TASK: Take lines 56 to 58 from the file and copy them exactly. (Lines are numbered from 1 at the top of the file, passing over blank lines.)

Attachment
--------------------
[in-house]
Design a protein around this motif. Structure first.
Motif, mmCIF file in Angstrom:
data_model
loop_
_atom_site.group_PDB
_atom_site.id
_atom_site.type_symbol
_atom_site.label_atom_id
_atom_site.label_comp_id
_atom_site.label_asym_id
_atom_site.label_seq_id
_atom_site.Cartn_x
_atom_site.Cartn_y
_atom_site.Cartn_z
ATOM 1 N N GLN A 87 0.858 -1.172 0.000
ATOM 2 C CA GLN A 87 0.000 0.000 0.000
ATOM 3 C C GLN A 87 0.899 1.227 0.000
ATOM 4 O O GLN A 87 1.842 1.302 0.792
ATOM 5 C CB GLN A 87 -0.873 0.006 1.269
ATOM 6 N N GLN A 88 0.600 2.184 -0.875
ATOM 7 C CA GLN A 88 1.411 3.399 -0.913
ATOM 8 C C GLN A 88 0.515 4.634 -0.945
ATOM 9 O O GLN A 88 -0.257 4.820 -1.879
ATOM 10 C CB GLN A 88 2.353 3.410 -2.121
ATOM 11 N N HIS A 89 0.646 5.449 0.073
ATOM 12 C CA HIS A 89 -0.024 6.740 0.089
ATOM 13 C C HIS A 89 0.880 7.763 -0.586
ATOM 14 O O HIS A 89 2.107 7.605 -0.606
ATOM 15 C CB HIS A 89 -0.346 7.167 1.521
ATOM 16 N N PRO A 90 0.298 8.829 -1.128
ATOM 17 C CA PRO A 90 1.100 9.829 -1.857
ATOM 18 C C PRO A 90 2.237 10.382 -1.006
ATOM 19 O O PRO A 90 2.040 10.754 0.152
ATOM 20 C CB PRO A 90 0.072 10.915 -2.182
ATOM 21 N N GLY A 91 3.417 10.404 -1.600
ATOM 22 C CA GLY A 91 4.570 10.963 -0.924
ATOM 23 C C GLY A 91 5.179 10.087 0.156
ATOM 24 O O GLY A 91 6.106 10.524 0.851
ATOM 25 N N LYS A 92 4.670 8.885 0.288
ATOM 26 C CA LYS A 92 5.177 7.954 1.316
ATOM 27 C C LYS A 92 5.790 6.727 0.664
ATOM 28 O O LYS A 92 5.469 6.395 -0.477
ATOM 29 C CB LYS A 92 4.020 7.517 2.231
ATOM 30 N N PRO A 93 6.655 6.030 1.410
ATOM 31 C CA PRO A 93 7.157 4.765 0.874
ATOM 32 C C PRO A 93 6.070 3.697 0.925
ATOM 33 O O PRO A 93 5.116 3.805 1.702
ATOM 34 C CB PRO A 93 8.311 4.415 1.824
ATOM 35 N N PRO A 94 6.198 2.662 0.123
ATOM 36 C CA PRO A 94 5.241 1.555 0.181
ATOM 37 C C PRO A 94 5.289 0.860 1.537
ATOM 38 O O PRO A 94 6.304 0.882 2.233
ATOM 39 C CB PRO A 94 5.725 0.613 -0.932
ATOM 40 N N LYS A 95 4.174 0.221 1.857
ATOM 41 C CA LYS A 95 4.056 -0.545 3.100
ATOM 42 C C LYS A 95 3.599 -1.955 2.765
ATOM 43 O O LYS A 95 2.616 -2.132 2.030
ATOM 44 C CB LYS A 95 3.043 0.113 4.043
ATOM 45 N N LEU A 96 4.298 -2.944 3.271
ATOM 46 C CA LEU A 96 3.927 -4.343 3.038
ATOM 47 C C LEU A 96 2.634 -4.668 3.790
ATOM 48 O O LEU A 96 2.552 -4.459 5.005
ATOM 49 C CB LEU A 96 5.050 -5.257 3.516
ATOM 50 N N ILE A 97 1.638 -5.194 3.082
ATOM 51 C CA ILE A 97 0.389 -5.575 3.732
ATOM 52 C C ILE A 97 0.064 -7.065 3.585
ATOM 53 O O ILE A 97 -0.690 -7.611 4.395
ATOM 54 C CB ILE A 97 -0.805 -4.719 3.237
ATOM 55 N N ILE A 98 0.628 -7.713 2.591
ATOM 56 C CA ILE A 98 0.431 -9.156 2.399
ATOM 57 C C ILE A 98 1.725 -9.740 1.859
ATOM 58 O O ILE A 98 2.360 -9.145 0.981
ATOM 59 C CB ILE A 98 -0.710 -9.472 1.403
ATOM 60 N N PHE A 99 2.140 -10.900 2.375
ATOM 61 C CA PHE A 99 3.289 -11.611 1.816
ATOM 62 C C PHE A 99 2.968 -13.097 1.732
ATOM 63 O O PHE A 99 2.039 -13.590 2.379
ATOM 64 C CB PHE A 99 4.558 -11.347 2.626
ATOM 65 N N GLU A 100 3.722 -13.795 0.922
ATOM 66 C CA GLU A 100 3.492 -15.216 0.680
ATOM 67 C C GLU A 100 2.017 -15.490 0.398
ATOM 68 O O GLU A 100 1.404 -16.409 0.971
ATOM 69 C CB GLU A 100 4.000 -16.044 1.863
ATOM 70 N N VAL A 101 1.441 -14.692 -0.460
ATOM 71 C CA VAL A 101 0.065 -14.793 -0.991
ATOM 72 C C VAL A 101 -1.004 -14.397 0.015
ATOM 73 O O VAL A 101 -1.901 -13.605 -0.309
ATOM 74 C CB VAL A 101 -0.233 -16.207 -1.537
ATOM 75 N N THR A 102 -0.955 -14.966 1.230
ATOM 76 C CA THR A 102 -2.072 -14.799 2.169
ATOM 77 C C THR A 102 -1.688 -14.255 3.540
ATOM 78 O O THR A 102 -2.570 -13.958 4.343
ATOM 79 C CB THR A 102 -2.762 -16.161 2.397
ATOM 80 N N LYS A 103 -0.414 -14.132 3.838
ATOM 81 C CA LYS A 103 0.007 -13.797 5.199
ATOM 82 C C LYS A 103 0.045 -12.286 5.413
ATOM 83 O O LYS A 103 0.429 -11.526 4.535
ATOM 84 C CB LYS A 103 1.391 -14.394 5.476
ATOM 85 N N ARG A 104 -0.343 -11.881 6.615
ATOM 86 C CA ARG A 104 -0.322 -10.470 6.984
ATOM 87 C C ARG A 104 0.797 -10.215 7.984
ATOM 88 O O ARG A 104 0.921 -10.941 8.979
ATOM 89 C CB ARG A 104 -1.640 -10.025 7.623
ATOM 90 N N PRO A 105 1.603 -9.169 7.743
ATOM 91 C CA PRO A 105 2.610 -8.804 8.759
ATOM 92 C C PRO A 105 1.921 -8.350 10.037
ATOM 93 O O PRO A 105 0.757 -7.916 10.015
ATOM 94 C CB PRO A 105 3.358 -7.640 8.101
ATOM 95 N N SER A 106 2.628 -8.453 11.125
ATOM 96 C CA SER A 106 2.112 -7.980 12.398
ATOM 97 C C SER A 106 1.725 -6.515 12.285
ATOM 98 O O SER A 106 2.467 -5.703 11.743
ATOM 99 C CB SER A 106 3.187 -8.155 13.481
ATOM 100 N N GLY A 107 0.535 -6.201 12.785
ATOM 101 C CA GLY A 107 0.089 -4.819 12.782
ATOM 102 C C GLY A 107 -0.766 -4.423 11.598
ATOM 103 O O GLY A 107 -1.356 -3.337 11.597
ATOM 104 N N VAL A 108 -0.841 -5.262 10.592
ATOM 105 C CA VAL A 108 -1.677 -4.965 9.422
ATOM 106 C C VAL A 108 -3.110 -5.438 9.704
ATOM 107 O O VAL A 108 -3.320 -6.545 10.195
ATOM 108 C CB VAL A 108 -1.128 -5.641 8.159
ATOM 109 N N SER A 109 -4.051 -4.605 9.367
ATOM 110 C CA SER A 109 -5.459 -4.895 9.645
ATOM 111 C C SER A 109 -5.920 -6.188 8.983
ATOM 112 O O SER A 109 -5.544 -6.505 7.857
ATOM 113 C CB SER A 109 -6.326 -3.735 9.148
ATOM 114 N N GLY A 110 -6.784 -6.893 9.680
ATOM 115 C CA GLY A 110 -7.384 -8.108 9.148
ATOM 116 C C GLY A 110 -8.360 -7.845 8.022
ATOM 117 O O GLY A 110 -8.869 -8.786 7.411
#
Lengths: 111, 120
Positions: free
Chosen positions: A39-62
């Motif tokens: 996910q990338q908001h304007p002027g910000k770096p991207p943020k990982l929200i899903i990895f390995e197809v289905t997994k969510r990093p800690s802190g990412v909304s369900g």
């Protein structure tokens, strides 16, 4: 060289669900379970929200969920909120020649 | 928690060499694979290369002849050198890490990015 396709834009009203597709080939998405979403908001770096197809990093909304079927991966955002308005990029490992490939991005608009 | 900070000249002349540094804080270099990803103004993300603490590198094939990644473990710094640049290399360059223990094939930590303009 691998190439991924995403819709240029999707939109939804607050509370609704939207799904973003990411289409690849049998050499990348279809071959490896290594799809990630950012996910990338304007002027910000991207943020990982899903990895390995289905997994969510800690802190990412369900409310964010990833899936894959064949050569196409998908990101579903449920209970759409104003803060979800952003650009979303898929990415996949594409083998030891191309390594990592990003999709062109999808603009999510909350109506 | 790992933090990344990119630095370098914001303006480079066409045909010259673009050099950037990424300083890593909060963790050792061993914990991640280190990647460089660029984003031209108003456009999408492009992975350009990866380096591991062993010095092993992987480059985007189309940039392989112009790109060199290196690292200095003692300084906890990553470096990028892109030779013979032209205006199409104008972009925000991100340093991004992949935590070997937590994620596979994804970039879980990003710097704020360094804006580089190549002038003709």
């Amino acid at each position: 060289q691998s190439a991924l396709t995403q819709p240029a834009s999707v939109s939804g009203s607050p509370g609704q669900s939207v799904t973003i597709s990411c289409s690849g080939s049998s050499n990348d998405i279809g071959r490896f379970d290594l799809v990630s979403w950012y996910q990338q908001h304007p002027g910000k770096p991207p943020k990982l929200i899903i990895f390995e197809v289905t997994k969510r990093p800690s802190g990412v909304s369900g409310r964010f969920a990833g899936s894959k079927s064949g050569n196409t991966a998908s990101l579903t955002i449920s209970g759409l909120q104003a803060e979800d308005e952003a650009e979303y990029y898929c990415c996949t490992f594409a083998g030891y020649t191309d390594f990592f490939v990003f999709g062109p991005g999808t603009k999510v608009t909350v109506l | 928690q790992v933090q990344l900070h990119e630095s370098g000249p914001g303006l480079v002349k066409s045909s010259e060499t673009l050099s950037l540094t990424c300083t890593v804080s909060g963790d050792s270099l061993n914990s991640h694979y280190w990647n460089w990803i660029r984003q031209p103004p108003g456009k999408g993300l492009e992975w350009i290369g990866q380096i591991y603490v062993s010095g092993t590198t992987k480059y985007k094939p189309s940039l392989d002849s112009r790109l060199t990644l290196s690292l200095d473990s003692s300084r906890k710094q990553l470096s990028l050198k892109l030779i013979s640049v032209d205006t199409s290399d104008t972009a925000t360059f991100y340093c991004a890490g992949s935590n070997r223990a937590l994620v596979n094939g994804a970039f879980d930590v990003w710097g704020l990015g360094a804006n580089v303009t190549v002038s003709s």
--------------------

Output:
ATOM 41 C CA LYS A 95 4.056 -0.545 3.100
ATOM 42 C C LYS A 95 3.599 -1.955 2.765
ATOM 43 O O LYS A 95 2.616 -2.132 2.030